IRS Publication 587: Business Use of Home
I am not a big fan of this deduction for a wide variety of reasons but mostly because there can be a substantial administrative burden associated with recapturing depreciation expense taken in previous tax years upon the sale of one’s home in the current tax year.
The secret to this deduction though in my opinion – like most all deductions – is to have accountable substantiating documentation in support of each report-able entry. This of course requires maintaining good record keeping habits on a regular and consistent basis which most small or home office business owners aren’t necessarily equipped to afford.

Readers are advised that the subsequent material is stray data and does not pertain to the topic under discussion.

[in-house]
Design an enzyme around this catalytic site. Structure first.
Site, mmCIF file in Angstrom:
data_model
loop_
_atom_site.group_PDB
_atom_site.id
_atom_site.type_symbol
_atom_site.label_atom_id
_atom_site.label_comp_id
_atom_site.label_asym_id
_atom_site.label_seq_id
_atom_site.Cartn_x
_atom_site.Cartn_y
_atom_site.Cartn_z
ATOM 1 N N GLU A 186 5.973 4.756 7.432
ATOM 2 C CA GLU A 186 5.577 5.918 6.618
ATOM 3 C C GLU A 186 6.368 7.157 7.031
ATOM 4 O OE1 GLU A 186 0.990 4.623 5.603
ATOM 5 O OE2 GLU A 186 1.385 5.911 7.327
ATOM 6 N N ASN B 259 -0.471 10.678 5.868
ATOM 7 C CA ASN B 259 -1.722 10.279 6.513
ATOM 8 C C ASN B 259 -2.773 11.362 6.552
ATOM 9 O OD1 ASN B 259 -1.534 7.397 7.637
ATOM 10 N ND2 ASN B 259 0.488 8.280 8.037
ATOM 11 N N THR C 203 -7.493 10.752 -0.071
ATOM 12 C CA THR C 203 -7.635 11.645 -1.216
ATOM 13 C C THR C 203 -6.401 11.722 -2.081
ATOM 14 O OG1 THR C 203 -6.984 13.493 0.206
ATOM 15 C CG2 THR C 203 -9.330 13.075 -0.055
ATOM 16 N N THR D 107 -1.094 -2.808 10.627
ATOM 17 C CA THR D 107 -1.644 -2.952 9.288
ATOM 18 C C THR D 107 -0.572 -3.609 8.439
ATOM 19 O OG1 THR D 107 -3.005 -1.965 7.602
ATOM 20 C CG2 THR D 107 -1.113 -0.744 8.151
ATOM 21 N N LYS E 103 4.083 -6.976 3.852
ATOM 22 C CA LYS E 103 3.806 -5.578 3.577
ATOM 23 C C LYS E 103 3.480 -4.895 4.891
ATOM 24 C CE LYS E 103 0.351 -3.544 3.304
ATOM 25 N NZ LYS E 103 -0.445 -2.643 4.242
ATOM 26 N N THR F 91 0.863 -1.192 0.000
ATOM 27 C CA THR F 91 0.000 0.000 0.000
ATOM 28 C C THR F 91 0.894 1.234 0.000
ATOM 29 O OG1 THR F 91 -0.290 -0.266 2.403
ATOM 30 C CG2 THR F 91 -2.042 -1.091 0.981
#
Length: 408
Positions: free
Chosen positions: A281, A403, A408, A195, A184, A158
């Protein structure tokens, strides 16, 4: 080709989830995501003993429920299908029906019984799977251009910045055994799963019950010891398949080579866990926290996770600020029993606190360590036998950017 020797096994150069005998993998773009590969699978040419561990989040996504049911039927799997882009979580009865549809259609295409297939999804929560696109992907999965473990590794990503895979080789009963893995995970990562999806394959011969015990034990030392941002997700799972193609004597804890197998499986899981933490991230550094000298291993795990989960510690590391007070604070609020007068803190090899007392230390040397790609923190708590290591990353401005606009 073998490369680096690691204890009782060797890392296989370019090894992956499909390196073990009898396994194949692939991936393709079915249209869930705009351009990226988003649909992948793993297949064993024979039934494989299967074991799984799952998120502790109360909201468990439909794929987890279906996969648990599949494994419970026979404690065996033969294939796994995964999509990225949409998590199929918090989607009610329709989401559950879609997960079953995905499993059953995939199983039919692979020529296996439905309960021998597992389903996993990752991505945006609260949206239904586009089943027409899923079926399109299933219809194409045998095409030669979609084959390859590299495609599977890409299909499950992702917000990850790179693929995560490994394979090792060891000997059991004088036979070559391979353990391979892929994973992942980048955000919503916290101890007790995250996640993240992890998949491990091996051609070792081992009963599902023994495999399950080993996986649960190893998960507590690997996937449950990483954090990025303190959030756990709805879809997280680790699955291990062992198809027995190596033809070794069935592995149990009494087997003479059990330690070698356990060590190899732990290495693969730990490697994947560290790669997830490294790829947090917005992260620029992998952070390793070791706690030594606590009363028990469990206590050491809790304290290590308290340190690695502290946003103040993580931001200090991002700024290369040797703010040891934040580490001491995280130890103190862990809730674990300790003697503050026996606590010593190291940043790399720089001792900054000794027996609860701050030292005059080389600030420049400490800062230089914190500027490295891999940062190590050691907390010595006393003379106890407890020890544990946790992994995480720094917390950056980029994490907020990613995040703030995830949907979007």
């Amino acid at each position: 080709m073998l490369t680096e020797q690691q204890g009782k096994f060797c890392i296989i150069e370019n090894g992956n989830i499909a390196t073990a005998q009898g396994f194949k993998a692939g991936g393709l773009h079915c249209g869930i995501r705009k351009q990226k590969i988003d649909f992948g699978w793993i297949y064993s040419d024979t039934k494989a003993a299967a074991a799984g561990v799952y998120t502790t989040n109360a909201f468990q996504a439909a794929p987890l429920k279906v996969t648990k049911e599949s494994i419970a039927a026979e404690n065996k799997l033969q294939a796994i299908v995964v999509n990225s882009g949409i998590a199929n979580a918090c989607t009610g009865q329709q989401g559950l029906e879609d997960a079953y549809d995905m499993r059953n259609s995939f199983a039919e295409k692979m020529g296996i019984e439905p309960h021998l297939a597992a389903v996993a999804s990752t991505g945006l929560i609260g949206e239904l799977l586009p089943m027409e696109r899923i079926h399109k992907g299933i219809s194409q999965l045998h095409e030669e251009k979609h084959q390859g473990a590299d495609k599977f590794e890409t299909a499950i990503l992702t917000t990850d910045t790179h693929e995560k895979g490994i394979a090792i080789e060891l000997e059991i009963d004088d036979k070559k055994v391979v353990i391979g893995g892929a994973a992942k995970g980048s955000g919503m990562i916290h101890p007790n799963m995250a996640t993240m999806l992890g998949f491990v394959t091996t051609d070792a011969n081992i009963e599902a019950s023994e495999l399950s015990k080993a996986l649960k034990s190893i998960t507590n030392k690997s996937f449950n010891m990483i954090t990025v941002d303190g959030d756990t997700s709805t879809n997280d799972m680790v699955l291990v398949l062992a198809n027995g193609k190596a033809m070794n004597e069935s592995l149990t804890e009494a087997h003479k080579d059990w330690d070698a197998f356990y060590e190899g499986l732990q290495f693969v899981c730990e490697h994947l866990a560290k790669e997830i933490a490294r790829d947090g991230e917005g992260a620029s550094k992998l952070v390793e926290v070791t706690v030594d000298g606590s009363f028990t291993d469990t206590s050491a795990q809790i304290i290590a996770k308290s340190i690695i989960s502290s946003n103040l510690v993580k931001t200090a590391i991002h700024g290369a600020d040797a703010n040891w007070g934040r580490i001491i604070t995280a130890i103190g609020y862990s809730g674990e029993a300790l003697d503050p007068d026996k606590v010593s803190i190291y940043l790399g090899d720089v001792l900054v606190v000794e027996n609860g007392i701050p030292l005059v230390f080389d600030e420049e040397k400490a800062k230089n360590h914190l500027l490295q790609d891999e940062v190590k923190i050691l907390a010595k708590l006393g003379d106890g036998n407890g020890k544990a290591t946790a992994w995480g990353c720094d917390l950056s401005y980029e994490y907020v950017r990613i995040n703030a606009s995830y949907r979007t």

According to the IRS when claiming a business deduction for your home part of it must be used exclusively and regularly as your principal place of business, or as a place to meet or deal with patients, clients or customers in the normal course of your business, or in any connection with your trade or business where the business portion of your home is a separate structure not attached to your home. For certain storage use, rental use or daycare-facility use, you are required to use the property regularly but not exclusively.
The amount you can deduct depends on the percentage of your home used for business. Your deduction for certain expenses will be limited if your gross income from your business is less than your total business expenses. There are special rules for qualified daycare providers and for persons storing business inventory or product samples. If you are an employee, additional rules apply for claiming the home office deduction. For example, the regular and exclusive business use must be for the convenience of your employer.